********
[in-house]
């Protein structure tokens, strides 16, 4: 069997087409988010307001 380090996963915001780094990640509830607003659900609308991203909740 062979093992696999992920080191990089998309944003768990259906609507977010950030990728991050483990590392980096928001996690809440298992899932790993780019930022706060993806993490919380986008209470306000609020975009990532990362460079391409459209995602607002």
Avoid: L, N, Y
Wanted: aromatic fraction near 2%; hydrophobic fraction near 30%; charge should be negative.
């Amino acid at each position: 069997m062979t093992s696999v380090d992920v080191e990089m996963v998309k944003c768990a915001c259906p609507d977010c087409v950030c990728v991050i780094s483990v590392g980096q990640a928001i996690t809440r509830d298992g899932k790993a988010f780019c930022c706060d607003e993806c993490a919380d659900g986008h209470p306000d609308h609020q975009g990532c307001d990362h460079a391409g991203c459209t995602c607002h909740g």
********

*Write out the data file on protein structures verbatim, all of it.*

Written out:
[in-house]
């Protein structure tokens, strides 16, 4: 069997087409988010307001 380090996963915001780094990640509830607003659900609308991203909740 062979093992696999992920080191990089998309944003768990259906609507977010950030990728991050483990590392980096928001996690809440298992899932790993780019930022706060993806993490919380986008209470306000609020975009990532990362460079391409459209995602607002």
Avoid: L, N, Y
Wanted: aromatic fraction near 2%; hydrophobic fraction near 30%; charge should be negative.
């Amino acid at each position: 069997m062979t093992s696999v380090d992920v080191e990089m996963v998309k944003c768990a915001c259906p609507d977010c087409v950030c990728v991050i780094s483990v590392g980096q990640a928001i996690t809440r509830d298992g899932k790993a988010f780019c930022c706060d607003e993806c993490a919380d659900g986008h209470p306000d609308h609020q975009g990532c307001d990362h460079a391409g991203c459209t995602c607002h909740g």